The next full moon is known as the Cold Moon, the Long Night Moon, or the Moon Before Yule. The moon will be “opposite” the sun at 9:38 a.m. EST on Saturday, Dec. 10. The moon will appear full for about three days around this time, from the evening of Thursday, Dec. 8 through the morning — and possibly the evening — of Sunday, Dec. 11.

On Dec.10, the moon will be so “opposite” the sun from the Earth that it will pass through the shadow of the Earth. The Earth’s shadow will begin to reduce the amount of sunlight reaching the moon at about 6:34 a.m. EST, but the U.S. East Coast will not be able to tell that the moon appears dimmer before it sets at 7:08 a.m. EST. The full shadow of the Earth (called the umbra) does not start to fall on the moon until about 7:46 a.m. EST, well after the moon has set for the U.S. East Coast. Even for the U.S. West Coast, the eclipse will be near moonset, making this a difficult eclipse to view. The extended period with reduced sunlight, including 51 minutes in the full shadow of the Earth, presents a challenging environment for spacecraft at the moon (LRO, the twin GRAIL spacecraft) that rely upon sunlight for heat and solar power. Because the two ARTEMIS spacecraft are in highly elliptical orbits around the moon, it is not clear if or how they will be impacted.

Europeans call the December full moon the Moon before Yule. Yule is an old northern European winter festival that is now associated with Christmas. The Native American names for the full moon in December — as reported in the Farmer’s Almanac — are the Cold Moon or the Long Night Moon. The Cold Moon gets its name because December is the month when it really starts to get cold, although our coldest average temperatures are in January. The Long Night Moon gets its name because the full moon in December occurs near the solstice, which has the longest night of the year. The full moon takes a high trajectory across the sky because it is opposite to the low sun, so the moon will be above the horizon longer than at other times of the year.


A full moon over Earth, seen by astronaut Ron Garan from the International Space Station. (NASA)

A Shadow on the Moon

The next full moon is known as the Cold Moon, the Long Night Moon, or the Moon Before Yule. The moon will be “opposite” the sun at 9:38 a.m. EST on Saturday, Dec. 10. The moon will appear full for about three days around this time, from the evening of Thursday, Dec. 8 through the morning — and possibly the evening — of Sunday, Dec. 11.

On Dec.10, the moon will be so “opposite” the sun from the Earth that it will pass through the shadow of the Earth. The Earth’s shadow will begin to reduce the amount of sunlight reaching the moon at about 6:34 a.m. EST, but the U.S. East Coast will not be able to tell that the moon appears dimmer before it sets at 7:08 a.m. EST. The full shadow of the Earth (called the umbra) does not start to fall on the moon until about 7:46 a.m. EST, well after the moon has set for the U.S. East Coast. Even for the U.S. West Coast, the eclipse will be near moonset, making this a difficult eclipse to view. The extended period with reduced sunlight, including 51 minutes in the full shadow of the Earth, presents a challenging environment for spacecraft at the moon (LRO, the twin GRAIL spacecraft) that rely upon sunlight for heat and solar power. Because the two ARTEMIS spacecraft are in highly elliptical orbits around the moon, it is not clear if or how they will be impacted.

Europeans call the December full moon the Moon before Yule. Yule is an old northern European winter festival that is now associated with Christmas. The Native American names for the full moon in December — as reported in the Farmer’s Almanac — are the Cold Moon or the Long Night Moon. The Cold Moon gets its name because December is the month when it really starts to get cold, although our coldest average temperatures are in January. The Long Night Moon gets its name because the full moon in December occurs near the solstice, which has the longest night of the year. The full moon takes a high trajectory across the sky because it is opposite to the low sun, so the moon will be above the horizon longer than at other times of the year.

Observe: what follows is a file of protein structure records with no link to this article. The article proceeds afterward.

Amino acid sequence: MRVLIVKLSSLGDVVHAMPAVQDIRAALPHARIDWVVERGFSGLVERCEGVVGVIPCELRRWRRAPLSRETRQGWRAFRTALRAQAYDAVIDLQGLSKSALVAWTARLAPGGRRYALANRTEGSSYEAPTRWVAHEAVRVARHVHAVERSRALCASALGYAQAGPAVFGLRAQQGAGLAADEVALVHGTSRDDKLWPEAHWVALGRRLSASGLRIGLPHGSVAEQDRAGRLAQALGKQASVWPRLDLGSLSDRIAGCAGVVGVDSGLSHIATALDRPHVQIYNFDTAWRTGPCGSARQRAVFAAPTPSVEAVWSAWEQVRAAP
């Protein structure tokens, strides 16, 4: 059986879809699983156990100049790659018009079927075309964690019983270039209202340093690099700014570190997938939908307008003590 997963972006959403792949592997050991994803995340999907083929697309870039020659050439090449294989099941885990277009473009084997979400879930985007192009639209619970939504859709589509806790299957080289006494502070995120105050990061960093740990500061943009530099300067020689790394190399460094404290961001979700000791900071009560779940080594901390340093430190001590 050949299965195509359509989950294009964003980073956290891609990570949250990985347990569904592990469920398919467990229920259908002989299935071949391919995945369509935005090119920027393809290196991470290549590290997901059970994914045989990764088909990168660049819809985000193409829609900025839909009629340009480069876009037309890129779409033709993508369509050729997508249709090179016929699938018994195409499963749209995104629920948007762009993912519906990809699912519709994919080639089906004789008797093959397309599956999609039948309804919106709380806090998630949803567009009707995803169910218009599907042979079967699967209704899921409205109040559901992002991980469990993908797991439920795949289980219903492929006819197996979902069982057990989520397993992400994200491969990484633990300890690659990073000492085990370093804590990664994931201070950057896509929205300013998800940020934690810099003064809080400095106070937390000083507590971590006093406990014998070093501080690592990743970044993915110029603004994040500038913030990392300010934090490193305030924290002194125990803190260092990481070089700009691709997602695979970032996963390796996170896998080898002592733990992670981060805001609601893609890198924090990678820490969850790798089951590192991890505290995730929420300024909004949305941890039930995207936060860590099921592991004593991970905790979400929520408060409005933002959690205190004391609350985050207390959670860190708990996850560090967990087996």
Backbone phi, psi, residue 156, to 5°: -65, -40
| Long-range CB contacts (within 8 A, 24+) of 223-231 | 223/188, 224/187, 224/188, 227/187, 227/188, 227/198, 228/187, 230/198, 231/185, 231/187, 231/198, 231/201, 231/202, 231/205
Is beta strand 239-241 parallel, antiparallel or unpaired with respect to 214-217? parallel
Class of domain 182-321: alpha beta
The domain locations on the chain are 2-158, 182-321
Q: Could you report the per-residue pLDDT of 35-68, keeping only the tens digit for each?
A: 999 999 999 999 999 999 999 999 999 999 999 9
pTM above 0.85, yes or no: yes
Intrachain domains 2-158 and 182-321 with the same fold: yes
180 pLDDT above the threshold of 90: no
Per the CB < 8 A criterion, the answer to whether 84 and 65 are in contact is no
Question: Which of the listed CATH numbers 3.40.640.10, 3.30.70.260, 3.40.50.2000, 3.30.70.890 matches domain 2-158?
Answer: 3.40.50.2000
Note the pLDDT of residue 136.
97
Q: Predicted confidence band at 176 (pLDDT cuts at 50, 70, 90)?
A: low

A full moon over Earth, seen by astronaut Ron Garan from the International Space Station. (NASA)

Leonids Meteor Shower Peaks Tonight!

The annual Leonid meteor shower is expected to reach peak activity tonight, November 17, at about 10:40 p.m. EST. Leonid meteor showers occur when the Earth runs into a stream of small icy debris left behind by comet Tempel-Tuttle as it moves about the Sun.

The best viewing opportunity is tonight after midnight, when the constellation Leo rises above the eastern horizon. Leonids can be viewed any place on Earth except Antarctica — given the sky is clear.

“The moon is going to be a major interference, but we could see a rate of about 20 per hour,” said Bill Cooke, Lead of the Meteoroid Environments Office at NASA’s Marshall Space Flight Center in Huntsville, Ala.

For best meteor viewing Cooke suggests going to a location away from city lights, dressing warmly, and lie flat on your back and look straight up. No special viewing equipment needed —  just your eyes.

The Leonids occur each year in November.
 
 

At 1:45 am MST on November 17th,  NASA’s all sky camera at the New Mexico State University caught this image of a Leonid meteor streaking through the skies.

Images of Rare Aurora in Southern Tennessee

 
The colors of emitted light within an aurora depend on the initial energy of the charged particles (mostly electrons) cascading into Earth’s atmosphere.  Electrons with higher initial energies are able to penetrate deeper into the atmosphere, whereas those with lower initial energies lose all their energy at higher altitudes. The blue aurora emitted from low-altitude molecular nitrogen is most commonly seen at higher latitudes, such as in Canada and Alaska, where high-energy electrons are more common. Red aurorae mostly result from lower-energy electrons reacting with atomic oxygen at high altitudes, which can occur at lower latitudes (<50 degrees) during extremely strong geomagnetic storms — such as is seen in images here.  The auroral electrons that make it into the low-latitude atmosphere usually do not have enough energy to reach molecular nitrogen.  This is why low-latitude aurorae are almost always red.


Credit: Jeremy Myers, NASA Marshall Engineer